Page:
Myron Freedman has been named the new Executive Director of the Museum of Ventura County. Freedman assumed his new duties Monday 8 April and will be directing both the downtown Ventura location near Main and Ventura Avenue and the Agricultural Museum in Santa Paula. Freedman joins the museum from the Hayward Area Historical Society, where he served as Executive Director from 2008.
Freedman was born in Los Angeles and grew up in Reno, Nevada. Freedman and his wife, Sue, say they are thrilled to be settling down in the Ventura area and being closer to family.
Freedman has had an award-winning career with museums and historical society exhibitions since the 1980s. As the Exhibitions Curator for the Jefferson National Expansion Memorial, the national park known for the Gateway Arch, Freedman gained national attention with his programs for the Lewis and Clark bicentennial, with recognition from the Council for Advancement and Support for Education, the U.S. National Park Service, and the film industry. The memorial’s Museum of Westward Expansion under the Gateway Arch is one of the largest museums in the National Park Service.
Freedman, in his opening press conference, pointed out that he had a background in the fine arts and was originally trained in theatre, and hinted at exciting possibilities coming up in the fine arts. He has extensive experience in exhibition design, including an early stint as Director of Exhibit Design at the Chicago History Museum. This is an area that the museum has needed help and more experience in as it does not have an Exhibition Designer position on its staff.
Freedman also taught Museum Studies at Webster University, and appears to bring more energy, hands-on knowledge, and a more intellectually incisive leadership style to the Ventura museum than it has had before.
This is all very good news. The Museum is in an important transition as it enters a new directorship poised to expand its support base and reach. Not only has the museum recently expanded its physical presence and programming, it has had a very successful string of strong, lively, popular exhibitions and programs put together by its current staff and curators. It is hoped that this momentum will be leveraged by the new director and a revitalization of the museum board.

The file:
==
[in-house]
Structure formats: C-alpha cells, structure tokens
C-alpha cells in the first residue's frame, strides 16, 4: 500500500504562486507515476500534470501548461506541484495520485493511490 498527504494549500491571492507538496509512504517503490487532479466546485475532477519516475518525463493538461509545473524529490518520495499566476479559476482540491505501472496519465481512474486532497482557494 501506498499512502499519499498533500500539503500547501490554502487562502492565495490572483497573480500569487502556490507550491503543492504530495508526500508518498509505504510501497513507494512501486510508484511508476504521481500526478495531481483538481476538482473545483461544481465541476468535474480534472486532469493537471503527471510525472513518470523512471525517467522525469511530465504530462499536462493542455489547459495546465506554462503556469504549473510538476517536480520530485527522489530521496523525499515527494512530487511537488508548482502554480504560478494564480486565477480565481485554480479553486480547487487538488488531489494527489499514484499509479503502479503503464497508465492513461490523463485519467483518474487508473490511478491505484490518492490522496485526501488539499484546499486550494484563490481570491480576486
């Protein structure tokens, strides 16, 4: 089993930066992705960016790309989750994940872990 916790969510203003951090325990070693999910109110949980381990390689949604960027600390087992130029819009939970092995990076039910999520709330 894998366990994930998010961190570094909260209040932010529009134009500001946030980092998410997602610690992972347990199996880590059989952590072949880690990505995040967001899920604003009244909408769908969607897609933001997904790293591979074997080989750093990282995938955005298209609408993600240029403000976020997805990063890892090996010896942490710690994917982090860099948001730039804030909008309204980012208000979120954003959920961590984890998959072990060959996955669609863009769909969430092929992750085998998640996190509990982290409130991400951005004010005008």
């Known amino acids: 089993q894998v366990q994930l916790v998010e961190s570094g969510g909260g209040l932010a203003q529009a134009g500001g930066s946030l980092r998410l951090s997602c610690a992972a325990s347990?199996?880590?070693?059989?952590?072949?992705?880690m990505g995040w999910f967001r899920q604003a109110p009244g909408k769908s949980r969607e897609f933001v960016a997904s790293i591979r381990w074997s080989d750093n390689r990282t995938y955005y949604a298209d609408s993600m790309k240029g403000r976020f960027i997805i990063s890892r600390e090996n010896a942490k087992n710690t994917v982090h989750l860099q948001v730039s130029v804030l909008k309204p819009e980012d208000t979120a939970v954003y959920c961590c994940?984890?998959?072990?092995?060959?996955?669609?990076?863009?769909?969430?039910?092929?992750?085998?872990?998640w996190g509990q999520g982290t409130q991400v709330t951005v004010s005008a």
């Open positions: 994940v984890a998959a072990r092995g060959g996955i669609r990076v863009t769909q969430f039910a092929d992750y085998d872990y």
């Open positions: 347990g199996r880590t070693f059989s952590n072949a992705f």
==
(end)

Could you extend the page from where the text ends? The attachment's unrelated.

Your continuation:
The interim period also witnessed the emergence of a very talented young curator in Ariane Karakalos. Karakalos seems perfectly suited to the future of the Ventura museum with her training and background in historical museum work, a strong background in fine art, her ability to keep track of what is really going on in the contemporary arts community, and the fact that she is extremely well-liked by the local community.
Freedman brings a relaxed, but with astute mentorship and rigor, management style to the museum. He also brings a wealth of experience and an emphasis on context that seems a near perfect complement to Karakalos’s curatorial approach. They both seem interested in raising the standards of the museum’s exhibition design and presentation, which is good news indeed. With a sharp, new director, and experienced staff, including a knowledgeable, solid curator on board, the Museum of Ventura County stands ready more than ever before to enter a dynamic new phase in its history.